Upon his arrival, Edman wasn’t a player who was putting up gaudy statistics because he had incredible BABIP luck–he was a player who, quite drastically, was putting up rather pedestrian statistics, but was doing so in a way that suggested he had real baseball skill. He cleared 200 career plate appearances in the Majors on August 23, and through the end of that game, his BABIP was a fairly normal .318–a little higher than league-average, but considering he has above-average speed, that isn’t an outlandish expectation. But his wRC+ stood at 91, hardly a mark of superstardom. At third base, Edman’s most common position, 91 would rank him below all 24 MLB leaderboards-qualified players at the position. Of the 55 qualified outfielders, he outranks just seven, and that is a group primairly of premium defensive center fielders. At second base, Edman fares a little better–above six of twenty-one qualified players.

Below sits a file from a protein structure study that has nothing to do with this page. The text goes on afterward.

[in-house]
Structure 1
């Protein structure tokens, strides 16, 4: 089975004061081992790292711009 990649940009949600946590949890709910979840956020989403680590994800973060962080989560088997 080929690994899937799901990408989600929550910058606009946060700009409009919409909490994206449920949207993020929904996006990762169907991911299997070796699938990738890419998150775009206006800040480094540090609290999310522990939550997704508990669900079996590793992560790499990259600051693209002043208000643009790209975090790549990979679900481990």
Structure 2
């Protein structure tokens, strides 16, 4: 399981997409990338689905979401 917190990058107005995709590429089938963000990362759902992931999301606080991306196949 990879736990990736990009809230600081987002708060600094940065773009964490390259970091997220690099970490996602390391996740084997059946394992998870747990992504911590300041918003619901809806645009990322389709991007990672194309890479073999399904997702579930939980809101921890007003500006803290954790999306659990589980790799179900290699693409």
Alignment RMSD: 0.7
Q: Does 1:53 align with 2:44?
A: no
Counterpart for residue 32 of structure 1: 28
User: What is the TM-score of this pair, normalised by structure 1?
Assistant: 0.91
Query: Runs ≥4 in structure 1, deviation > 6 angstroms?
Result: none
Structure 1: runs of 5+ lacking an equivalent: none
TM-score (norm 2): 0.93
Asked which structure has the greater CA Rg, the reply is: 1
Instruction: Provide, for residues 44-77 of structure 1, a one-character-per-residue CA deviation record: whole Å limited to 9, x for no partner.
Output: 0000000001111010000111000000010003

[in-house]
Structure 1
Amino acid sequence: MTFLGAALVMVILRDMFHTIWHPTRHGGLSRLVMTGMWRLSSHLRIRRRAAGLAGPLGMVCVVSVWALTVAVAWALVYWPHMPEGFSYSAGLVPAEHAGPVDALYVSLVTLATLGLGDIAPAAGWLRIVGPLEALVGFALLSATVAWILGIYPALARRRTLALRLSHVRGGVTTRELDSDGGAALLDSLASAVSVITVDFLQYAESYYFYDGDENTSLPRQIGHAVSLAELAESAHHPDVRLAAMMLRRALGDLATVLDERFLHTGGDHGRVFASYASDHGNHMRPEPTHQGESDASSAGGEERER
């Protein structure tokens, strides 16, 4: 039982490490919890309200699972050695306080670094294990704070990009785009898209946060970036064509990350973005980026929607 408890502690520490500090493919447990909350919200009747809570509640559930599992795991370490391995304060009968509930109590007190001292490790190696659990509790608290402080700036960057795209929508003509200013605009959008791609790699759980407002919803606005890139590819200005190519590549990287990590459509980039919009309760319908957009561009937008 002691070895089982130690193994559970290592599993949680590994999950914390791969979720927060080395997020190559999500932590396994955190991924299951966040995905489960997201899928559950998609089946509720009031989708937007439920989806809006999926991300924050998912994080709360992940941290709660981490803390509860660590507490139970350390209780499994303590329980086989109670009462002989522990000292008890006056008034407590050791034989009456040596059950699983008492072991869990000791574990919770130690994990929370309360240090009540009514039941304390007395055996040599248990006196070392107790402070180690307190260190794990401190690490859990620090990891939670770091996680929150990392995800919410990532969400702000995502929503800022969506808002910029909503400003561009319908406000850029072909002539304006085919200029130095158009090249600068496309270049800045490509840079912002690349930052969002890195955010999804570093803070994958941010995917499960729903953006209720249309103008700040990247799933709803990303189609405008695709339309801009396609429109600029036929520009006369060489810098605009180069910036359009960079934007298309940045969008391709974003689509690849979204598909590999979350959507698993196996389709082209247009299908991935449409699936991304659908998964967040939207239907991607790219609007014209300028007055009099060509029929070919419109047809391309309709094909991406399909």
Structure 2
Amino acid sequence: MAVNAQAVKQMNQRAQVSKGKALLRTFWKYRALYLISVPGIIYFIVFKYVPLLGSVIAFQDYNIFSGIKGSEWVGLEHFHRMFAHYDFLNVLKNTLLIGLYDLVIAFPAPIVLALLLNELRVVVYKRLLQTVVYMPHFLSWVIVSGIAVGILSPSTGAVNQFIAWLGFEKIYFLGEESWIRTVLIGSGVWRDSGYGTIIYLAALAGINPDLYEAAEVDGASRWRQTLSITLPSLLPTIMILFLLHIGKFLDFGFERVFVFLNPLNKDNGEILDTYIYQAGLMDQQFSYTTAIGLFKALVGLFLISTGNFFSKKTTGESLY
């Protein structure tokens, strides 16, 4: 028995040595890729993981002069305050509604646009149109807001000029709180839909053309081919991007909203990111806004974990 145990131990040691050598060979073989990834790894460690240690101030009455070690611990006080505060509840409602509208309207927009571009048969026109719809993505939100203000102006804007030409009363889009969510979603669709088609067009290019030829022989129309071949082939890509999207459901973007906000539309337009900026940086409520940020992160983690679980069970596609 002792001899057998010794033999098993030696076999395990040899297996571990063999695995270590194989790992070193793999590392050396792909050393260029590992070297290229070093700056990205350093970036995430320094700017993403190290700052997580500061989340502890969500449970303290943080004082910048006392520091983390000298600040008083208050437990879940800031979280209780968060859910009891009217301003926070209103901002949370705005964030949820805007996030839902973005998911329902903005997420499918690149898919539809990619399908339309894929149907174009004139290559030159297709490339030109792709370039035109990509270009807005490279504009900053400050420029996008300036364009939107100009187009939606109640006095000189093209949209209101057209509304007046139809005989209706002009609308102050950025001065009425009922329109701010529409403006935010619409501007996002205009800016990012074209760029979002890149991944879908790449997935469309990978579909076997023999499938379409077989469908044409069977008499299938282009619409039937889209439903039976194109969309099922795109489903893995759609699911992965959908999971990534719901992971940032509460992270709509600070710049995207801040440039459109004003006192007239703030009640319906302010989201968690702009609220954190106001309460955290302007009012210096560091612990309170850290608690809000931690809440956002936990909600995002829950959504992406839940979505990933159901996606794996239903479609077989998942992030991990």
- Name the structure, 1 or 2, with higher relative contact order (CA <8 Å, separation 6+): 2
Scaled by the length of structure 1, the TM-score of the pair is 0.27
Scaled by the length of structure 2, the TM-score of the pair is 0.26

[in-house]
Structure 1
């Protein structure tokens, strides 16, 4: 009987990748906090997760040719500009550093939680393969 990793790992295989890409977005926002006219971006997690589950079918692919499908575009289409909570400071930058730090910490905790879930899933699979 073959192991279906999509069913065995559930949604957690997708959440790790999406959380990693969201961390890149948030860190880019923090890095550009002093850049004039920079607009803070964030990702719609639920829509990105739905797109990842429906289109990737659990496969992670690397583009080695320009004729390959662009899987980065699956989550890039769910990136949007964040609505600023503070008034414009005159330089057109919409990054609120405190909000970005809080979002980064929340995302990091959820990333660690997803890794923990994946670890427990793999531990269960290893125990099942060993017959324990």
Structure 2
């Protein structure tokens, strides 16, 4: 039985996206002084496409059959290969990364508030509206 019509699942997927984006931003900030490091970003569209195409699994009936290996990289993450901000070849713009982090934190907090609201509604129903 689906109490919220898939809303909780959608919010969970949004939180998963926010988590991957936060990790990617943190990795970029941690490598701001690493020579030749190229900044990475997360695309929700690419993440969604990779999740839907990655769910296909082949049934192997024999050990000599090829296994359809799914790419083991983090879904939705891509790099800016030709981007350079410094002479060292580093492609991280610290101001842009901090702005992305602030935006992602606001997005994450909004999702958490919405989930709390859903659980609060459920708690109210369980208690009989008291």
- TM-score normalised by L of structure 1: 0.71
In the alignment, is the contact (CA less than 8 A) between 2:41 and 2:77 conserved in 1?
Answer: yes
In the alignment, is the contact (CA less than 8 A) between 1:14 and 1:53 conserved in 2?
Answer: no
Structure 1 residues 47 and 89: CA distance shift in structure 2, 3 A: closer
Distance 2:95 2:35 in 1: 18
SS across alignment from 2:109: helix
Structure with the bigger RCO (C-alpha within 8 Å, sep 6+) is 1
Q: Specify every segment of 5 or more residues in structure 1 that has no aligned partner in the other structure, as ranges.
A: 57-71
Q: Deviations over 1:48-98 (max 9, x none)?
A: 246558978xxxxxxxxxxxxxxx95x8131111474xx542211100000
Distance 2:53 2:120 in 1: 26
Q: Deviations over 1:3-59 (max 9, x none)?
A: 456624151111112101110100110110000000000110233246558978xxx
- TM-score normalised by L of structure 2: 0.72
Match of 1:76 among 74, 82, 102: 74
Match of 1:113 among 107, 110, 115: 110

Edman’s numbers didn’t scream offensive juggernaut, but they also felt real. He flashed decent power, hitting five home runs and twelve additional extra base hits (his three triples also spoke to his speed). And since Edman cleared the 200 plate appearance threshold, his offense is even better. In his next 60 plate appearances, he sported a 131 wRC+, hitting two home runs (both on Friday) and continuing to fly on the bases while providing impressive defense at three different positions (Edman has not played shortstop at the Major League level, but there is little reason to believe he couldn’t at least fake it at the position–his not playing is more of a reflection on Paul DeJong than it is on him).